Oil, gas firm starts exploration without regulatory framework

TINASHE KAIRIZA

GEO Associates, the company that has already invested US$3,5 million exploring for potential oil and gas reserves in Muzarabani, along the Zambezi River basin, has been working in the absence of a hydrocarbons policy and related frameworks necessary in governing and regulating the sector.

Apart from completing the hydrocarbons policy, government, which is priming hopes of addressing the country’s fuel and energy crisis on the oil project, is also yet to finalise the production sharing agreement with Geo Associates. The petroleum, exploration and development agreement is also still being negotiated with Geo Associates.

Australian Stock Exchange (ASE)-listed firm Invictus Energy Resources has an 80% stake in Geo Associates, while One Gas Resources, a local entity, holds the remainder.

Zimbabwe discovered that it has substantial amounts of gas in the Zambezi basin in the early 1990s following exploration work conducted by American petroleum conglomerate, Mobil Oil.

At that time, Brent Barber, who is now Invictus Energy technical director, was working for Mobil, with the primary responsibility of co-ordinating the petroleum giant’s efforts to explore for oil along the vast Zambezi basin.

Leveraging on the geophysical data left behind by Mobil, Geo Associates announced in 2018 that it was analysing the trove of information, with long-term plans of extracting oil in the southern African country.

Nearly three decades after Mobil’s landmark discovery, government, which has since offered Geo Associates the requisite regulatory approvals, is yet to finalise formulation of the hydrocarbon policy and the related agreements that would underpin the sector.

Geo Associates has also obtained the Environmental Impact Assessment certification after it was granted the green light by the Zimbabwe Investment Development Agency (Zida) to set up operations in the country that is a net fuel importer.

Petroleum sources, who spoke to this newspaper this week raised concern that government’s spirited rush to finalise the hydrocarbons policy and related agreement frameworks while Geo Associates has already set up operations in Zimbabwe, posed the risk of monopolising the sector to a single entity, as is the case with the biofuels industry. The biofuels industry, which primarily revolves around petrol blending, is dominated by Green Fuel that produces ethanol in the country.

Geo Associates managing director Paul Chimbodza confirmed to the Zimbabwe Independent this week that the hydrocarbons policy, as well as related agreements, which would govern the industry, were yet to be finalised.

He said: “The hydrocarbons policy, the production sharing agreement and the petroleum, exploration and development agreement, those three documents, we are pushing to have them ready as soon as possible.(On our part) we completed the input work, what is left is for government to approve. All of them are now before the interministerial committee. We will only be guided by the interministerial committee which is chaired by the Finance ministry permanent secretary (George Guvamatanga). Once the committee okays it, it will go to cabinet and if we get authority, we sign.”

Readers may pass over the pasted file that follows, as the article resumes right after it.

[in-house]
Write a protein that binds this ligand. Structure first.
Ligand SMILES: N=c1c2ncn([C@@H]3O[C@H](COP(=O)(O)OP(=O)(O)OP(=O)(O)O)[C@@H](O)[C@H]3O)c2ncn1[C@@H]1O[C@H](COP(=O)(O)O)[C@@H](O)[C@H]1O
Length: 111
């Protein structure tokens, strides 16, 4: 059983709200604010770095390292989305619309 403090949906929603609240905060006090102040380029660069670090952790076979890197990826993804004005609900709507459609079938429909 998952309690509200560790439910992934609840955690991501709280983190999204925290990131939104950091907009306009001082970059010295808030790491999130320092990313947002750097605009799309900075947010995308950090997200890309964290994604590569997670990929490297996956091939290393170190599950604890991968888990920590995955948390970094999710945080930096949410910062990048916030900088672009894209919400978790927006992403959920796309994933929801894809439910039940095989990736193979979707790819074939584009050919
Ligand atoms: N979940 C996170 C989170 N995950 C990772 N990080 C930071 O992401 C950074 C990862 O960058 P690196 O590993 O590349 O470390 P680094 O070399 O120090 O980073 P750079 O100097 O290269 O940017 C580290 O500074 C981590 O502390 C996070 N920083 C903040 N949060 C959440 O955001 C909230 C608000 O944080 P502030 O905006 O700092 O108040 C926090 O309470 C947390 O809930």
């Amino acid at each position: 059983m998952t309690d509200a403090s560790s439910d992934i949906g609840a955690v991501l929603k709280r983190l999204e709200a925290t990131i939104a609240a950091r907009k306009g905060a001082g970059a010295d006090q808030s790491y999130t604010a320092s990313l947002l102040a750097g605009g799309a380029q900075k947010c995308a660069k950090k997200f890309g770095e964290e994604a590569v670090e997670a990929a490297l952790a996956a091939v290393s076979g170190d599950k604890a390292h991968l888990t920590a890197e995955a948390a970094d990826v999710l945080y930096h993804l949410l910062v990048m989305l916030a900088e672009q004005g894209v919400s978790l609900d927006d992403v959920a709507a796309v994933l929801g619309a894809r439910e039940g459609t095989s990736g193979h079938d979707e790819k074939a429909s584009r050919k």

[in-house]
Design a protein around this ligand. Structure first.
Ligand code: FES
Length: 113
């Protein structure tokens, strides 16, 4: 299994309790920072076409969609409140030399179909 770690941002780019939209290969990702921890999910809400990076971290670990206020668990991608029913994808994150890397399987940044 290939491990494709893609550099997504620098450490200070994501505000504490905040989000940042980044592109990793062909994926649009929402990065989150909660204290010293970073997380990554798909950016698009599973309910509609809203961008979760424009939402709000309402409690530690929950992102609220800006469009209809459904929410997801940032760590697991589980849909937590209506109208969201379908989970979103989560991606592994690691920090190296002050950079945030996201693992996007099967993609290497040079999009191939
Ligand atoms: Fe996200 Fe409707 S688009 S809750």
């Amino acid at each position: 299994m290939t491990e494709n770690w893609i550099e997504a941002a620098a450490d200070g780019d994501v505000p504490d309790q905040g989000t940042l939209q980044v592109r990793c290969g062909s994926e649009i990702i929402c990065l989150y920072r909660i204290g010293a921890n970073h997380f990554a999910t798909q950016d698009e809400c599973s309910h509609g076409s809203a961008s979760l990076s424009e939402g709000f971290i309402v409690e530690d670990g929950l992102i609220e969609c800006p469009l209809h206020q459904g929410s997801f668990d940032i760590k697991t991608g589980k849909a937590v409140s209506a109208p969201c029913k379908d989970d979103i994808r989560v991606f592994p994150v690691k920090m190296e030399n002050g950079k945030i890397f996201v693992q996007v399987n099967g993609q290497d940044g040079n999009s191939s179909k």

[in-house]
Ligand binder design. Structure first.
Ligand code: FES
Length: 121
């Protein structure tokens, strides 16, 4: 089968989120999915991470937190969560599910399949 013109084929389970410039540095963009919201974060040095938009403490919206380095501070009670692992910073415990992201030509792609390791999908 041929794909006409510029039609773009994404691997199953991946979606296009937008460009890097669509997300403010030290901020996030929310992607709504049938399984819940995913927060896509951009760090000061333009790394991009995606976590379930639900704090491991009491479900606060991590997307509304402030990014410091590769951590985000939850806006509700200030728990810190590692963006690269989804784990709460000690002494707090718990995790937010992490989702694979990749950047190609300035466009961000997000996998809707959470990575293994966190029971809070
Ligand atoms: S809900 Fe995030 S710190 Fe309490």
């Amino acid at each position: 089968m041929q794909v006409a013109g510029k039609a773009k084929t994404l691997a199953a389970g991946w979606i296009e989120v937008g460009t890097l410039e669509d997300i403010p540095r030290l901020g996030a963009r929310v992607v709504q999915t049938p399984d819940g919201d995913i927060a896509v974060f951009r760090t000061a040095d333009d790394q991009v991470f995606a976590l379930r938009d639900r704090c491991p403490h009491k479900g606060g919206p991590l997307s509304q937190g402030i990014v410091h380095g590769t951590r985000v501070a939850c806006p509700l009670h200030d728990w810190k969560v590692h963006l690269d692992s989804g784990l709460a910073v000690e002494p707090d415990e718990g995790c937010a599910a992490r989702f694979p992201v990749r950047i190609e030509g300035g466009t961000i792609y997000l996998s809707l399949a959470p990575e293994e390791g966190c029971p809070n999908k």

Chimbodza said the yet-to-be-finalised agreements would buttress the existing regulatory framework in line with global standard practice.

“These are additional agreements that we are putting to the regulatory framework. But the framework governing the sector is already in place through the Special Grants (SG) granted. But being a new industry, we have seen some grey areas that we are adding some of these legislative frameworks. But that cannot affect the progress of the project. We submit reports after every six months to the Mines and Mining Affairs Board. So the regulatory framework already exists, we are just strengthening it.”

Stakeholders who include the Chamber of Mines, Energy ministry, Mines and Mining Development ministry and Geo Associates, have contributed in the formulation of the hydrocarbons policy and related agreements.

Addressing journalists at the technical presentation of the Muzarabani oil and gas project on Wednesday, Mines minister Winston Chitando acknowledged that government was yet to finalise the production sharing agreement, as well as other policy frameworks with the investor.

He said: “We have been seized with negotiating a production sharing agreement with the investor. The production sharing agreement is almost in place.”

The exploration exercise, which will be undertaken on a land area stretching 100 000 hectares, will require a US$20 million capital outlay.

Part of the exploration exercise will involve the drilling of two test wells, from which the investor will make a determination on whether the area holds oil deposits that can be commercially extracted.

Geo Associates has so far spent US$3,5 million on the project, with the bulk of the resources channelled towards interpreting the geophysical data left behind by Mobil 30 years ago.